Many campus mail centers still operate in an old fashioned, often a completely manual, incoming package process. These mail centers strain under an ever-increasing workload. Unable to quickly and efficiently process inbound packages, the final deliveries are delayed to the students, faculty members and administrators who ordered them. To exacerbate the situation, these shipping-savvy recipients already know that the package has arrived at the school. The pressure compounds during peak college shipping seasons, including back-to-school, winter and summer breaks.

Fortunately, the answer to these inbound parcel management challenges lies in the new technologies available in parcel processing solutions coming onto the market. Schools, other institutions and businesses may be hesitant about investing in making their inbound package management systems more efficient and reliable. However, the volume of inbound parcels will only continue to grow, the liabilities involved in handling them will increase, and a greater number of critical items will be coming through these mail centers for organizations of all types and sizes.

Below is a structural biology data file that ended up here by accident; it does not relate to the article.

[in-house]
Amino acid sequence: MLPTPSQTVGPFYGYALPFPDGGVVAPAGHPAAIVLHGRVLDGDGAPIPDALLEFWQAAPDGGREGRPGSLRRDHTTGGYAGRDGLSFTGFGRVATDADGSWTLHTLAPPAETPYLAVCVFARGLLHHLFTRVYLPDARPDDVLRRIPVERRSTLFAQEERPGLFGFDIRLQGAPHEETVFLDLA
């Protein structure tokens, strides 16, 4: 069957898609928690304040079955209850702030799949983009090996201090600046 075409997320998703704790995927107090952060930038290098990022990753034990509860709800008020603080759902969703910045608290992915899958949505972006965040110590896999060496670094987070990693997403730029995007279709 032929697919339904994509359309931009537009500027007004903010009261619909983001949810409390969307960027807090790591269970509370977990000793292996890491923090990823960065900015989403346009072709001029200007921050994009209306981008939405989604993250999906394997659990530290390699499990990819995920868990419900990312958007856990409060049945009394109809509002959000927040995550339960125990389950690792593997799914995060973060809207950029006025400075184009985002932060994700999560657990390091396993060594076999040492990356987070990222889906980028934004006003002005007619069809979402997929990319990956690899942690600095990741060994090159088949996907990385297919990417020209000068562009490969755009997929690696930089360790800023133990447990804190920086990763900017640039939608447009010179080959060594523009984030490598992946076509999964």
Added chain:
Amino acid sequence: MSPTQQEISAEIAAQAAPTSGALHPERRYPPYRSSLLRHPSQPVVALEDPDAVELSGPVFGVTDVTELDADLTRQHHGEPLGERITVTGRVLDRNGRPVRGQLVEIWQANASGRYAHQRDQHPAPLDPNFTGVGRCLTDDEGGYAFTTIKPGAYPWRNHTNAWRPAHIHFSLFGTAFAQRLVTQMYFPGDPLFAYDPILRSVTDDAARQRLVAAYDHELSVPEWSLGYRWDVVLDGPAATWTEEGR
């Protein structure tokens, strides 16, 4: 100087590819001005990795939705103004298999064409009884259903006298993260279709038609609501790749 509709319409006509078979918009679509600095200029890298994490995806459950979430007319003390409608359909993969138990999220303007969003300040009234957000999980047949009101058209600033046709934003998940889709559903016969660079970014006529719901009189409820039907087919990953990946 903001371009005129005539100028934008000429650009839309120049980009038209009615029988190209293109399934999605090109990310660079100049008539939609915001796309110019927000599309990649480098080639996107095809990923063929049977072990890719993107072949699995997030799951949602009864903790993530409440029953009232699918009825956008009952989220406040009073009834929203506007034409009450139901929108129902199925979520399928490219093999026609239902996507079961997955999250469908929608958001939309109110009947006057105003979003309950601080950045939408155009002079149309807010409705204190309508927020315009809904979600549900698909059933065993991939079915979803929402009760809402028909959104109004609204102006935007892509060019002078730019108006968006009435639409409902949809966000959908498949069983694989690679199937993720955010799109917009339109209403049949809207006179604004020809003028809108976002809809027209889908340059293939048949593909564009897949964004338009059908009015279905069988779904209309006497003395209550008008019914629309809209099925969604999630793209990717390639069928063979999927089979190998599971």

In Part 2 of this series, we will explore the new technologies that are available to help organizations better manger their inbound package management and meet the challenges of today’s changing parcel landscape.

Tom Hazel is North American Channel Director, Pitney Bowes Shipping Solutions, where he is responsible for managing the Distribution Solutions & Carrier Management product portfolio for the United States and Canadian field organizations and Inside Sales Channels.

Editor's Note: This originally appeared in our sister publication, PARCEL, but as we know mailers are also seeing an increase in their inbound mail and packages, we thought it was pertinent to this audience, as well.